What is a Cap Table?
At its simplest, a cap table is a spreadsheet or ledger that shows the equity ownership capital in a company. It presents a company's percentages of ownership, equity dilution, and value of equity in each round of investment by founders, investors, and other owners.
The Basic Structure of a Cap Table
Every cap table, though unique in detail, shares a common structure. At the top, you will see a list of the company's equity holders. The columns underneath will typically detail the different classes of equity, the number of shares, and the percentage of total equity each holder possesses.
Why is a Cap Table Important?
A cap table is more than just a document; it's a vital tool for financial planning and decision-making. It aids in tracking equity ownership, helps determine value distribution in exit scenarios, and assists in assessing the impact of future financing rounds.
Components of a Cap Table
To fully understand a cap table, let's break down its key components:
Common shareholders often include founders and employees. They typically have voting rights, but they are last in line to receive any remaining assets if the company is liquidated.
Preferred shareholders are usually venture capitalists or angel investors. They have a higher claim on assets and earnings than common shareholders.
These are individuals who hold options to buy stock in the future at a specified price. This group often includes employees with stock options as part of their compensation.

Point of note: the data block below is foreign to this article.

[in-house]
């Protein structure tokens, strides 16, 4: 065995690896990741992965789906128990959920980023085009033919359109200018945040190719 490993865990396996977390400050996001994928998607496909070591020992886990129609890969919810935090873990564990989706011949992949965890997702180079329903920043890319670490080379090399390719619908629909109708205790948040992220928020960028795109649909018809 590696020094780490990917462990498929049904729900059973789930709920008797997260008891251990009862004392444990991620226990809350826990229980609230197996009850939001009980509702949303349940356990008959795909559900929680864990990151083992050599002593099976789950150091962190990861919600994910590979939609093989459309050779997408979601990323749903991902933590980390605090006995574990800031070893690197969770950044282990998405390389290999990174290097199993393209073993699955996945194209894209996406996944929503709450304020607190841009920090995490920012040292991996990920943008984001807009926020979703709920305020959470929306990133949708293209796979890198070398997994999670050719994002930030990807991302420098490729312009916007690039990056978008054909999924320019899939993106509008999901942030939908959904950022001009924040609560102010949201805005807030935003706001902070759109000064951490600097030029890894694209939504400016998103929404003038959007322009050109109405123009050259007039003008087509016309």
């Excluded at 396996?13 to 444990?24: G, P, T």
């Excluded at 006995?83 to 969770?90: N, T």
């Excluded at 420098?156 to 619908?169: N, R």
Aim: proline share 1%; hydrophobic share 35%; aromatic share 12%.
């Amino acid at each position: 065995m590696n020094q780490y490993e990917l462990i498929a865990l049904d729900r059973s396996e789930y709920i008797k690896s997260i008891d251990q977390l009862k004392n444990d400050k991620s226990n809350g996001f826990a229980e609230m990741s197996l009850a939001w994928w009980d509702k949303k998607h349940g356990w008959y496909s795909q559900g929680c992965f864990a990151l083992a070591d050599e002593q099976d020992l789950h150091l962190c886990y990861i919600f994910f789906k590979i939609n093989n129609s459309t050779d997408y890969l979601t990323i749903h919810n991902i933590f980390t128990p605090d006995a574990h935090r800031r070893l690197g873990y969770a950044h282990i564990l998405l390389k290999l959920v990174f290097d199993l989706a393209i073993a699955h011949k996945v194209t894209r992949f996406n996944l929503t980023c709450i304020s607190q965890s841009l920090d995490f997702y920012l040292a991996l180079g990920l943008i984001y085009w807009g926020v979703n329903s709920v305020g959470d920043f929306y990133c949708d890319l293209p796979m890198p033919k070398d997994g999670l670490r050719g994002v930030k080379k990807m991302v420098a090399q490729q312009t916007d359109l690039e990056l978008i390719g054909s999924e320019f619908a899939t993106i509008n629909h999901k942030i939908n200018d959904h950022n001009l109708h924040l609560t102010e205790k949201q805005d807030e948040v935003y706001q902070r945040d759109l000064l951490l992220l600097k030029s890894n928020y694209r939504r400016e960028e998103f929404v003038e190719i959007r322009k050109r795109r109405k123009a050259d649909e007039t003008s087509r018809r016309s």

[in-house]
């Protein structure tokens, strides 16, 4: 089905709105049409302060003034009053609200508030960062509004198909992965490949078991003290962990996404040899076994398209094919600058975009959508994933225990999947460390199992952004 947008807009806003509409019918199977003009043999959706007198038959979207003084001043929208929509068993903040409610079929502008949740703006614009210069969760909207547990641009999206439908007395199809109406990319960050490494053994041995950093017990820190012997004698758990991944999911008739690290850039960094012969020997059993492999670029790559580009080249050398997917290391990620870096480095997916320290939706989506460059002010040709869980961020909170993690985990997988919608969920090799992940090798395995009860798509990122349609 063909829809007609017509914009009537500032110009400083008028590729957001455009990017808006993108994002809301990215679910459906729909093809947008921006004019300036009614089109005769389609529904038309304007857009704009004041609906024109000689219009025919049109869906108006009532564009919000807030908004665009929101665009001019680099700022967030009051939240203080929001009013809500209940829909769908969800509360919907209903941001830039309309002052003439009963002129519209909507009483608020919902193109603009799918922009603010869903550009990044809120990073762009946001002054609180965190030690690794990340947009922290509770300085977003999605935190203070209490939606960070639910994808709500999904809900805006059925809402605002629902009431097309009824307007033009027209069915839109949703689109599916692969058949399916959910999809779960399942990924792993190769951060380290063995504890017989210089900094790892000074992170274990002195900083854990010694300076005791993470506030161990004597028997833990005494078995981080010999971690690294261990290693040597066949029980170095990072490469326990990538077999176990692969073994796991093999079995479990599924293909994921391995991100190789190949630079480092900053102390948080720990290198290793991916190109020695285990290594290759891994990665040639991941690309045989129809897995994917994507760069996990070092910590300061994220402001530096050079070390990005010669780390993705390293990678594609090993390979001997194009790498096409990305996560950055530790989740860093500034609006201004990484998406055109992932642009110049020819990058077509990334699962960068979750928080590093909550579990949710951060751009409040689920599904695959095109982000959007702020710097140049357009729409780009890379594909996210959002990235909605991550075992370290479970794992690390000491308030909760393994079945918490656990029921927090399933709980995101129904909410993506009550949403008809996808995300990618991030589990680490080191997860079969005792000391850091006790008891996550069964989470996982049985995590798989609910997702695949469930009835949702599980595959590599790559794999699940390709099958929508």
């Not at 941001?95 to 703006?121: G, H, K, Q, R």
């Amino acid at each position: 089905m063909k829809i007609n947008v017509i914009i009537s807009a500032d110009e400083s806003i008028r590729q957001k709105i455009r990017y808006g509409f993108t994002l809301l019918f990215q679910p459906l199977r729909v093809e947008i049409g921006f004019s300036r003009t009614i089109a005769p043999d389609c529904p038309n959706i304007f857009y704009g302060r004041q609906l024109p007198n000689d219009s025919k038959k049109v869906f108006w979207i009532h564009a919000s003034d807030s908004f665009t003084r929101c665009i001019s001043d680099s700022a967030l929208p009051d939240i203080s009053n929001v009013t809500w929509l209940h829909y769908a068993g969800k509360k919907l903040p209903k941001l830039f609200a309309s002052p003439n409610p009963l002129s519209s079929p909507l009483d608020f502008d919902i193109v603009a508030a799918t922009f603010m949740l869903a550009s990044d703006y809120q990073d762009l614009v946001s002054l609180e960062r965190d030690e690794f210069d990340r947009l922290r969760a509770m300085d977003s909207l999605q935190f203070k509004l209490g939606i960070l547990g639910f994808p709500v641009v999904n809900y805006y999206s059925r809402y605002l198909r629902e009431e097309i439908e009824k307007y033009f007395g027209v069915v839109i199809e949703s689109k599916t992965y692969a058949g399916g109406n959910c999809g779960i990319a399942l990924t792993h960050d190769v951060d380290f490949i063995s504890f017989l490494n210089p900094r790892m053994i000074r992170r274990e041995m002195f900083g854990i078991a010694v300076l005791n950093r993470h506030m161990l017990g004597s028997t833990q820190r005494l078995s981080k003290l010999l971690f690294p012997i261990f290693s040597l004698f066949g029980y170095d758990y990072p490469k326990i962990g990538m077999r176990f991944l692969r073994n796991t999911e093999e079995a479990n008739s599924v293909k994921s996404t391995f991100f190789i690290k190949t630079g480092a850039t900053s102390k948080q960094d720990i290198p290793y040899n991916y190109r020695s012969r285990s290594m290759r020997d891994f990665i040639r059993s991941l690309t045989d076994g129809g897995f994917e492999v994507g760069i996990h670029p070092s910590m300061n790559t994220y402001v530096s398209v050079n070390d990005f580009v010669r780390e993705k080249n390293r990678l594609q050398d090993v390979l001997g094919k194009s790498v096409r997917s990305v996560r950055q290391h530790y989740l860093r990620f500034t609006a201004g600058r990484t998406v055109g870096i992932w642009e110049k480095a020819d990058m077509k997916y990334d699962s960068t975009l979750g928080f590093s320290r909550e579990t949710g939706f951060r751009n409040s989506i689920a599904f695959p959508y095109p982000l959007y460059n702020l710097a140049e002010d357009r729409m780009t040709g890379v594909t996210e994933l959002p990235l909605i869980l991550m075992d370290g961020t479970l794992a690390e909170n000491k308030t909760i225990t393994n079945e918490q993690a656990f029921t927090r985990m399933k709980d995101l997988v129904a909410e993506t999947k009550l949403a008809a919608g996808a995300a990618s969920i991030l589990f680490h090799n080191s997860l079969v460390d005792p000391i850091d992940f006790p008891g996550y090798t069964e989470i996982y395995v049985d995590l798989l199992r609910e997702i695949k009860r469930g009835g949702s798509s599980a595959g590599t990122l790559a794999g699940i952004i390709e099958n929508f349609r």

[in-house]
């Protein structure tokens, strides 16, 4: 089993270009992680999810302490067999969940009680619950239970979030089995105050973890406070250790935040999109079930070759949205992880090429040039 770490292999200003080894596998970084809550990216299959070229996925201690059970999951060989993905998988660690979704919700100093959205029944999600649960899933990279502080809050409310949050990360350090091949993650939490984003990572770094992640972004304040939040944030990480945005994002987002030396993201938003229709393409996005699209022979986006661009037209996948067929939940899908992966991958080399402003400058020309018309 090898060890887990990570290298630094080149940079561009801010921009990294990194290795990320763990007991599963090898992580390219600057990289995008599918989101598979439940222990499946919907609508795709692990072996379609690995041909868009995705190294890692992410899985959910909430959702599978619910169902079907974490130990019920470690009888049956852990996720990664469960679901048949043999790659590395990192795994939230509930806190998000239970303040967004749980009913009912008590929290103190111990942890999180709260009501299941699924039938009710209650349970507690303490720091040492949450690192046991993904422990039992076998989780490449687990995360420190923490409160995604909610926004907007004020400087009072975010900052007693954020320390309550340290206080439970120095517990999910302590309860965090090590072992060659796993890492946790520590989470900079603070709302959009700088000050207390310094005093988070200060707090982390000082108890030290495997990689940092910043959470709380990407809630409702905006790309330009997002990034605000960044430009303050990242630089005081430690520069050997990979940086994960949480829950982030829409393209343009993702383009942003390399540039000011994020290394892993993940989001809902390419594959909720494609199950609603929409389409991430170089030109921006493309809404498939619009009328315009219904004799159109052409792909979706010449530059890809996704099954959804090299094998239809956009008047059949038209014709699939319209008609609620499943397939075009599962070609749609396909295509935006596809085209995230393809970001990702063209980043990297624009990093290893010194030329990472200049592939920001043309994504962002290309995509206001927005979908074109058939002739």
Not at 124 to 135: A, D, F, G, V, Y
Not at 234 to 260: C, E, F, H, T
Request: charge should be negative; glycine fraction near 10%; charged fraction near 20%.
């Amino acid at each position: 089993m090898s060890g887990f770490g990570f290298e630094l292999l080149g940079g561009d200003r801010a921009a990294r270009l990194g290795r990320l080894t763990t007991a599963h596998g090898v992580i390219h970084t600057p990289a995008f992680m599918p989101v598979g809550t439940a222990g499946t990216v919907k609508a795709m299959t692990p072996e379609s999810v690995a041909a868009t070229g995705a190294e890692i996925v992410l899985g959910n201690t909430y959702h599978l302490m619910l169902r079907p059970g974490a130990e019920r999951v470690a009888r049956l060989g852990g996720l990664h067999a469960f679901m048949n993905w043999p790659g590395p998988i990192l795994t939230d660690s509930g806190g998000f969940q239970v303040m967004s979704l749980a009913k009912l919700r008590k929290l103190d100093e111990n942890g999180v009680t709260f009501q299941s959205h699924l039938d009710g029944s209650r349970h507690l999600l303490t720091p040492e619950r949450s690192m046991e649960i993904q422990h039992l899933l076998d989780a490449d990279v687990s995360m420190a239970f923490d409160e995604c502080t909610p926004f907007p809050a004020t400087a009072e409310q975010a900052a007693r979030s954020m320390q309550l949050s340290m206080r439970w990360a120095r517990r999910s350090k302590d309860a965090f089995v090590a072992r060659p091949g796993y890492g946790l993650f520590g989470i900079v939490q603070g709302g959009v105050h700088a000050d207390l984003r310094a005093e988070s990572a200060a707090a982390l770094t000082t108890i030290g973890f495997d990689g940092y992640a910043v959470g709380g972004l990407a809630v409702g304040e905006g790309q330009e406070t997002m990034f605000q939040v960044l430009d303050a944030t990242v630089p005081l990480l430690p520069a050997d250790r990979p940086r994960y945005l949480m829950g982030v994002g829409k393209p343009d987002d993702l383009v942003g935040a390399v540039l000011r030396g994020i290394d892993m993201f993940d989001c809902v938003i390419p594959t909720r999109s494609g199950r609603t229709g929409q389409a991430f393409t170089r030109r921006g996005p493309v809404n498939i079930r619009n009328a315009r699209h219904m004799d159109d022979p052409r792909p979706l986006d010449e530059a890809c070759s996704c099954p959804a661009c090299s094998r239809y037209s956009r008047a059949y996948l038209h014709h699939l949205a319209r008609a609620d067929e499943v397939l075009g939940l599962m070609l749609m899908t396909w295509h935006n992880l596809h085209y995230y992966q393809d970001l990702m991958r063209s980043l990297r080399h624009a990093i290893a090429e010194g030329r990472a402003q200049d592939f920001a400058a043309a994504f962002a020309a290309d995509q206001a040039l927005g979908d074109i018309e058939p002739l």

This includes common stock, preferred stock, and options. Each class has different rights and privileges associated with it.
Share Prices and Valuation
This section represents the cost of each share at each financing round and the overall valuation of the company.
Understanding the Dynamics of a Cap Table
How Funding Rounds Impact the Cap Table
Each funding round, whether it be Series A, B, C, or beyond, significantly impacts the cap table. New shares are usually issued, diluting the ownership percentages of existing shareholders.
Dilution and its Impact
Dilution refers to the reduction in the ownership percentage due to the issuance of more shares. While dilution might initially seem negative, if the investment increases the company's value, shareholders may still come out ahead.
Exit Scenarios and the Cap Table
The cap table is a roadmap for understanding how money would be distributed in different exit scenarios, such as a sale or IPO.